|status reports||26-June-2019 06:34:10|
No. 34 - SMART-1 Approaching Final Lunar Orbit
17 January 2005While approaching its final operational orbit around the Moon, SMART-1 interrupted the Electric Propulsion operations on Monday 10 January 2005. The reason for this delay before reaching the target orbit is to estimate the remaining fuel and plan accurately for a mission extension.
The nominal mission duration is six months from the end of January until the end of July 2005. Shortly after this time, due to perturbations caused by the Earth's gravity, the orbit will become unstable and the spacecraft would spiral down to the surface unless an orbit re-boost is performed. The Xenon fuel remaining, after the final orbit has been reached, is estimated by the Flight Control Team at ESOC based on three different methods:
Since there will be a residual amount of 1.8 kg of Xenon that will not be usable, the remaining fuel in the worst case scenario will be less than 5 kg at the start of the nominal mission (and also at the end, since during the nominal science operations there is no consumption of Xenon). A re-boost manoeuvre consumes about 4 kg of fuel, and efforts are underway to optimise it in order to obtain the longest possible duration with the minimum fuel consumption.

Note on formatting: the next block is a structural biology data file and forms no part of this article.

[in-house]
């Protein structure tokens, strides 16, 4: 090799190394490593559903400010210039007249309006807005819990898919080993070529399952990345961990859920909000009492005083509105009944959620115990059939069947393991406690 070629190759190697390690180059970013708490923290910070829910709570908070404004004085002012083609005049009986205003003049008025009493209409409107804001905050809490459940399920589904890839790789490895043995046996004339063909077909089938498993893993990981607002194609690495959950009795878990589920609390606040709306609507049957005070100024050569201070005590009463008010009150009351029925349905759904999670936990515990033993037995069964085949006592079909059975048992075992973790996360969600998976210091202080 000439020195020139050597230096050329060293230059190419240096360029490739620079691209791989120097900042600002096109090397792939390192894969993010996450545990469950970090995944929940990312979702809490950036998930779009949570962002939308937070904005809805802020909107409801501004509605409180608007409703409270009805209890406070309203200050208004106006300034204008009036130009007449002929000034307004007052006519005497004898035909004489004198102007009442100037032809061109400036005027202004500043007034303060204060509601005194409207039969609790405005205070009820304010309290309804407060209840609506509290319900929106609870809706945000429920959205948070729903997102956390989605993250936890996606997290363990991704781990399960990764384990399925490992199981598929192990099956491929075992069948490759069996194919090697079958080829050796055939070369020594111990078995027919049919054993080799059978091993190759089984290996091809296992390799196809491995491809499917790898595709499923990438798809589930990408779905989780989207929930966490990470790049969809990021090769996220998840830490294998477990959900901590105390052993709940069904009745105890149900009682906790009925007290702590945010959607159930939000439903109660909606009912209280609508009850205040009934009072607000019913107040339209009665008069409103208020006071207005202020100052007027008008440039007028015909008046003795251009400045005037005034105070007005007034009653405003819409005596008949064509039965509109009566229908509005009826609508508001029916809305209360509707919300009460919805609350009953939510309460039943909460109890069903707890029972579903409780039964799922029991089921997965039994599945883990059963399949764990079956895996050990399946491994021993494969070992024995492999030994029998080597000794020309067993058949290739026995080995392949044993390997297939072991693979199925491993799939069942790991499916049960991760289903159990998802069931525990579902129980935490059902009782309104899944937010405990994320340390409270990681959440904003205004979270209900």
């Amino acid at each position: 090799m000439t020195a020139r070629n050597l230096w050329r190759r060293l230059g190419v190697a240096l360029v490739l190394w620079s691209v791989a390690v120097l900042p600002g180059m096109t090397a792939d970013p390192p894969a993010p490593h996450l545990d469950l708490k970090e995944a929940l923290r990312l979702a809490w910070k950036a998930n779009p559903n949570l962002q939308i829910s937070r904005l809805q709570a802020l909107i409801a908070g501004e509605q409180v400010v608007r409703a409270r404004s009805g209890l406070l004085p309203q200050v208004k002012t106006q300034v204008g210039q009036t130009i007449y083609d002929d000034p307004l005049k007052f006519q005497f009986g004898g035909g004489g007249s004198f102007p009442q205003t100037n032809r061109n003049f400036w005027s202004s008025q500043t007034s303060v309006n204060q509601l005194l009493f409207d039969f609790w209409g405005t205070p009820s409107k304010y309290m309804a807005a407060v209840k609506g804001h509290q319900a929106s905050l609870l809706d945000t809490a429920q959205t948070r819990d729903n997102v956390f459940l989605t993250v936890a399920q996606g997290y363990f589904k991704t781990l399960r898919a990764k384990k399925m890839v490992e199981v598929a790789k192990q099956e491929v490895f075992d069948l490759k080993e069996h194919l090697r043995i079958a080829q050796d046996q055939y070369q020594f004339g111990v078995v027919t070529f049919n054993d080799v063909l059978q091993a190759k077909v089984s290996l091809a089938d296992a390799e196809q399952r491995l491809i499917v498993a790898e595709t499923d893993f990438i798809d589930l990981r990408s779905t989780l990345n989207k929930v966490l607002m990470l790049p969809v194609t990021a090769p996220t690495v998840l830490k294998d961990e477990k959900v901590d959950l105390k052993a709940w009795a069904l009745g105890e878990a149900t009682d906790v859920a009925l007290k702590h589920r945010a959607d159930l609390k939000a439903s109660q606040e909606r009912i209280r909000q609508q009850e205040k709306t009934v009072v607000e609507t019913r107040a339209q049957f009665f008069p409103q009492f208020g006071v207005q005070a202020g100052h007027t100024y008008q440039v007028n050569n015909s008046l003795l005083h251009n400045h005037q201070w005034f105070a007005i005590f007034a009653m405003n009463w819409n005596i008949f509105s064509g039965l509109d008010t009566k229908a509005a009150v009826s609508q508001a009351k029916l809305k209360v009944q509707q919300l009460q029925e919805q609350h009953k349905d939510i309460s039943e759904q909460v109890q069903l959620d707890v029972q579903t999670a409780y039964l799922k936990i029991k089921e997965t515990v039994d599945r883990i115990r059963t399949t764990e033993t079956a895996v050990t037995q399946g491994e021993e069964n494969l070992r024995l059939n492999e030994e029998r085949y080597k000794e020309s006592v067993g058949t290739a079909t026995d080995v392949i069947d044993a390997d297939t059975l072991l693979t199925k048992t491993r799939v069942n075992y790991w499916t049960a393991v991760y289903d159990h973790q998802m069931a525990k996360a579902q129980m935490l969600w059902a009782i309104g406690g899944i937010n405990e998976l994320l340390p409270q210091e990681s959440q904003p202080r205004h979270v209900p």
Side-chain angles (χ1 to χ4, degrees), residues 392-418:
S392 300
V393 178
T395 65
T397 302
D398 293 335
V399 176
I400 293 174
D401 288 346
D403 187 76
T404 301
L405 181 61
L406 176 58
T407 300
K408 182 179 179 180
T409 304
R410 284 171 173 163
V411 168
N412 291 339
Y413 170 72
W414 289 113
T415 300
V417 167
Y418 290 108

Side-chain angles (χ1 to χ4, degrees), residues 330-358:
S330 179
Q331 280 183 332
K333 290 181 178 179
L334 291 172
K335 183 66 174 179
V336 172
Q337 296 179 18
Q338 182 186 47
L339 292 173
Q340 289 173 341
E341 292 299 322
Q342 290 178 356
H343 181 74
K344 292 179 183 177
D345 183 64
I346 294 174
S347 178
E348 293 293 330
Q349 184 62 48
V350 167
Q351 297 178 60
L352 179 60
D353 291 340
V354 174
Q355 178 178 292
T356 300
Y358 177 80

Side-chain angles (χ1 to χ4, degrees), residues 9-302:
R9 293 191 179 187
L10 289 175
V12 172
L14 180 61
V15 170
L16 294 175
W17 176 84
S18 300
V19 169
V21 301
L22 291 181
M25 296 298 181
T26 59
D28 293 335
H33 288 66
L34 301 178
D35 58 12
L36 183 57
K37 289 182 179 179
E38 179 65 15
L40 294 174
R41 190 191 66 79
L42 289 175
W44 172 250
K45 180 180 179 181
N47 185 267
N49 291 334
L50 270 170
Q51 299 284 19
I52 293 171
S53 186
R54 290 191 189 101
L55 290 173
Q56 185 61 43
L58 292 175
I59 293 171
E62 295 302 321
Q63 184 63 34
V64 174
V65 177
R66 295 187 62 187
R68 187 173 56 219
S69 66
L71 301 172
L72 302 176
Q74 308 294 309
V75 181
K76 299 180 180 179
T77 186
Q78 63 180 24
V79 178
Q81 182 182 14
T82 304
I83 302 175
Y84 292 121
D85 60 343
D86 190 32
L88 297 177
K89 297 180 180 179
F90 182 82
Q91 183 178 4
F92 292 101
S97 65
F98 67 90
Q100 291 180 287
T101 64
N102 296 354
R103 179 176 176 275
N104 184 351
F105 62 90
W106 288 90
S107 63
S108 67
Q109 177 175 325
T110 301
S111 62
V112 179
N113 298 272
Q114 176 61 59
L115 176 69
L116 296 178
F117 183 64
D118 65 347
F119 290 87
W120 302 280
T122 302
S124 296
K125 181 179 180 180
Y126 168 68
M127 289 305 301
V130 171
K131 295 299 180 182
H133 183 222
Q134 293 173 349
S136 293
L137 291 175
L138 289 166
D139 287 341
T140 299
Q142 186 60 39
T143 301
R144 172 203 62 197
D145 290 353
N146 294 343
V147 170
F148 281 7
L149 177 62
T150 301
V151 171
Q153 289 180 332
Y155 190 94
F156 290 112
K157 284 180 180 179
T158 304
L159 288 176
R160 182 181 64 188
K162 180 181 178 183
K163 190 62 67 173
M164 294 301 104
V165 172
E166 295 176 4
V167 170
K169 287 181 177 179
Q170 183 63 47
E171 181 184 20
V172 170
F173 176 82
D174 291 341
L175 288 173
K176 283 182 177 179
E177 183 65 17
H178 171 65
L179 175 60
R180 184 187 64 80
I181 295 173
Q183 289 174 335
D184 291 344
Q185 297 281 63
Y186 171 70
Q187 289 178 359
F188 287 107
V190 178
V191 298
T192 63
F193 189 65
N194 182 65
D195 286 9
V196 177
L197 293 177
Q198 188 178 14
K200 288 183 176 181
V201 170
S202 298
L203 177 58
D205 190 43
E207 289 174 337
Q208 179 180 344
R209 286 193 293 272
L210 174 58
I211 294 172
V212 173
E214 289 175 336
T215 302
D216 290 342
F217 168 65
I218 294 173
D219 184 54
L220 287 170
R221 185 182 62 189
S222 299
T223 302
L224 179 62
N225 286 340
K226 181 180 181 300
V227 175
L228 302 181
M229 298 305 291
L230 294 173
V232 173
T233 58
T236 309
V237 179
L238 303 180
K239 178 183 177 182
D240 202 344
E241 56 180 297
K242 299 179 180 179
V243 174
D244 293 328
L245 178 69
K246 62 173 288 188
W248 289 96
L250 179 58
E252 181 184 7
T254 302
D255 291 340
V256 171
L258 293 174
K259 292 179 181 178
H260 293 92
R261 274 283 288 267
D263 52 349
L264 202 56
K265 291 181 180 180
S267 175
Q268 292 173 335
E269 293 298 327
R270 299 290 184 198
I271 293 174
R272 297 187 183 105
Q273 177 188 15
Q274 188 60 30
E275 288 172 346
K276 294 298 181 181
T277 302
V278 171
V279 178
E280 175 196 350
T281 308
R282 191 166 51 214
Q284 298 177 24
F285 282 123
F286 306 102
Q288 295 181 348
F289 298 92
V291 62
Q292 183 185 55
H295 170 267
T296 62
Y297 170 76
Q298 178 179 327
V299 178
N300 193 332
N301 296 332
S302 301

The EP operations are expected to resume on 18 January. They will last for about ten days until the final operational orbit is reached.
The following osculating orbital elements have been recently determined by a tracking campaign.
The diagram below shows the SMART-1 osculating orbit at several dates during the spiralling in to the final operational orbit. On 9 January the orbital period was slightly more than 8 hours and the orbital inclination reached 87.9°. The argument of perilune was at 289°, which means that the lowest altitude was in the Moon's southern hemisphere at about 72° latitude.
Bernard H. Foing
Last Update: 14 March 2005For further information please contact: SciTech.email@example.com
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